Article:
Paro Airport

The worlds most dangerous airports

Wednesday, June 8, 2016

Where flying is concerned most people have a fear of the plane or the flight itself but have you ever considered how safe the airport you’re flying from is? Let’s get some of the scary ones out of the way.


If you find yourself either travelling to or from Barra, Scotland, then you will be making the most of the beach. The airport's three runways are sand and depending on the tide, quite often under water.


In comparison with this next airport, it Barra has it all plain sailing. Toncontin International Airport, Honduras has one of the most difficult approaches in the world. It has to navigate a winding ravine and a set of houses before making its final descent to the tarmac valley.  The landing strip is more than 1000 meters above sea level and due to the wind changes the pilots are often faced with last second adjustments, making this one of the more dangerous landings.

Saint Maarten

Princess Juliana International Airport, Simpson Bay, Saint Maarten, on the other hand, is more dangerous for those who have already landed and are trying to enjoy their holidays. It is one of the busiest airports in the Caribbean with a flight path that cruises over the nearby beach. Potentially leaving sun seekers injured by jet blasts.

Not only do planes by-pass a small section of beach to land, but they have to contend with the runway being too short. Spanning just over 7,000 feet it falls short of the requirement of 8,000 feet needed for bigger planes to land.


Ever fly to Lukla, Nepal?  Then you’d better hope your pilot likes a challenge. This runway is uphill and the landing strip drops off into a valley. On top of that, the weather fluctuates so quickly that a routine landing can quickly become a dangerous situation.


Airports can often seem like a busy street or City Centre, in the case of Gibraltar International Airport it quite literally is. Winston Churchill Avenue runs directly through the middle of the airport and is required to close for taking off's and landings, making this particularly dangerous for an airport.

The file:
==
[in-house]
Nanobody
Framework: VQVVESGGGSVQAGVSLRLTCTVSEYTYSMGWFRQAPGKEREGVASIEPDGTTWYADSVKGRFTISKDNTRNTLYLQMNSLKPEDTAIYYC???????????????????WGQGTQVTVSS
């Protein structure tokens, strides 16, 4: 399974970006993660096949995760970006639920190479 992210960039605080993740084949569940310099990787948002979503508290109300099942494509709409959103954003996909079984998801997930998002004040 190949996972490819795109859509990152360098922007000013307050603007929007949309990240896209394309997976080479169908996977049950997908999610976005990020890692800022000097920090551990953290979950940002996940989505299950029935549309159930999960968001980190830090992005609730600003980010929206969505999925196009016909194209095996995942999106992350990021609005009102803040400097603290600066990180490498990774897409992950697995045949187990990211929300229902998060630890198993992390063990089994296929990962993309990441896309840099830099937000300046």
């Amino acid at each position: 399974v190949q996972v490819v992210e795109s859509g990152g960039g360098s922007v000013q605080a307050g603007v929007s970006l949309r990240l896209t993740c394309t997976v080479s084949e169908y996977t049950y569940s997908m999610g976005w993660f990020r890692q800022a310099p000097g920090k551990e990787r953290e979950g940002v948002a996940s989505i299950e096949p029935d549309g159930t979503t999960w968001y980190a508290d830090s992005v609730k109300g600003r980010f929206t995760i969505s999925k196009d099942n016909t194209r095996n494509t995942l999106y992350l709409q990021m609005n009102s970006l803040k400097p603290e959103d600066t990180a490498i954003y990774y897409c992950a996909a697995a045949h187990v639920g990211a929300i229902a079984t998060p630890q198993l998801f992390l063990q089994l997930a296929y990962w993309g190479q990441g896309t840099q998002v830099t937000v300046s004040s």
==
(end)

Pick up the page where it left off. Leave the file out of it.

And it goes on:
Paro Airport, Bhutan, Himalayas

If you’re flying here then hope your pilot has called in sick as there is a good chance you won’t be going.  Only 8 pilots are qualified to land on the 6,500-foot landing strip. It is the only airport that is further above sea level than the length of its landing strip and has to navigate peaks with an 18,000 feet drop. This one is not for the faint-hearted.

To be on the safe side

It's not all doom and gloom. There are some safe ones too.


Zurich Airport has been acknowledged for constantly improving safety measures. The airport is also known for its convenience. It is located 5 miles north of the City Centre and is easily accessible by public transport. It also has a porter service so travellers can pay a fee and a porter will collect their bags from anywhere in the airport. But it's the safety measures that grab attention. These include developing a new training method for the removal of snow and ice as well as a landing procedure that, with the assistance of GPS, helps pilots approach during poor visibility.


If recognised safety is what you desire then look no further than Tokyo Haneda International Airport. One of two airports used for travel to Tokyo, it is not only one of the busiest airports in the world but also one of the safest. It was the fourth airport to be granted the much converted 5-star airport badge from Skytrax and is admired by travellers for being modern, tidy and efficient.


Last year, Skytrax ranked Copenhagen the best in the world when it comes to Airport security. It was also ranked as the second best at delivering luggage.

More often than not, the airport you will be travelling to and from will be as safe as houses. However, some of them have little quirks that you might need to prepare for. So keep an eye out and do a little digging before booking that flight.

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